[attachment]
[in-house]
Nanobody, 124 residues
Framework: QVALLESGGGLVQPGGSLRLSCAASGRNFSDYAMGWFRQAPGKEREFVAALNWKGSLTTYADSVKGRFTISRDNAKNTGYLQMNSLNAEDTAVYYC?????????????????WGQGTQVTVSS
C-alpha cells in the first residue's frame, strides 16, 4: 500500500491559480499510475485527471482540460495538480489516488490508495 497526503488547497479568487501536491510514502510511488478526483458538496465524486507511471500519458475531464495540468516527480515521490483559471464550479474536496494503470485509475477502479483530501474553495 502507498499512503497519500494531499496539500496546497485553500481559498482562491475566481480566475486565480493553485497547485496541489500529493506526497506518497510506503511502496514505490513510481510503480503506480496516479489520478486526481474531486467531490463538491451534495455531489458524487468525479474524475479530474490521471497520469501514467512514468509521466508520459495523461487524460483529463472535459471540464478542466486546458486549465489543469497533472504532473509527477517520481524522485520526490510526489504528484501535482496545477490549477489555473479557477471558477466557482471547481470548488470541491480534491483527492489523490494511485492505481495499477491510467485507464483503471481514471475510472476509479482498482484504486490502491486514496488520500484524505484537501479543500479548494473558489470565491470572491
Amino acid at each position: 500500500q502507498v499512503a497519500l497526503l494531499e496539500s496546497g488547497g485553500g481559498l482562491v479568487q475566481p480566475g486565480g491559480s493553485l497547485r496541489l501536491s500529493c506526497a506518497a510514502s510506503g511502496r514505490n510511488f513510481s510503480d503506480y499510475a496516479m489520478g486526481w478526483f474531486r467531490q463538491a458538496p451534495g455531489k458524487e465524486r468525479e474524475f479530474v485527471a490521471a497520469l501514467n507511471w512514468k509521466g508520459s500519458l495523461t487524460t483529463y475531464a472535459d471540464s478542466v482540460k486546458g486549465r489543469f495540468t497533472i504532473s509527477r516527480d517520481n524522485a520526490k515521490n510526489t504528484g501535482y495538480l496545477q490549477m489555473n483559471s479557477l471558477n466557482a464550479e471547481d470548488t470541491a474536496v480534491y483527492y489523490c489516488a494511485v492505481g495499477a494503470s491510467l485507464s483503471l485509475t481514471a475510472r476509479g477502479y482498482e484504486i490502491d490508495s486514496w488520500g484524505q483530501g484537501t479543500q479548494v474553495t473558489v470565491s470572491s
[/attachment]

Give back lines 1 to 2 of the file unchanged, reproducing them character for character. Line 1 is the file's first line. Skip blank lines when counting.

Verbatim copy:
[in-house]
Nanobody, 124 residues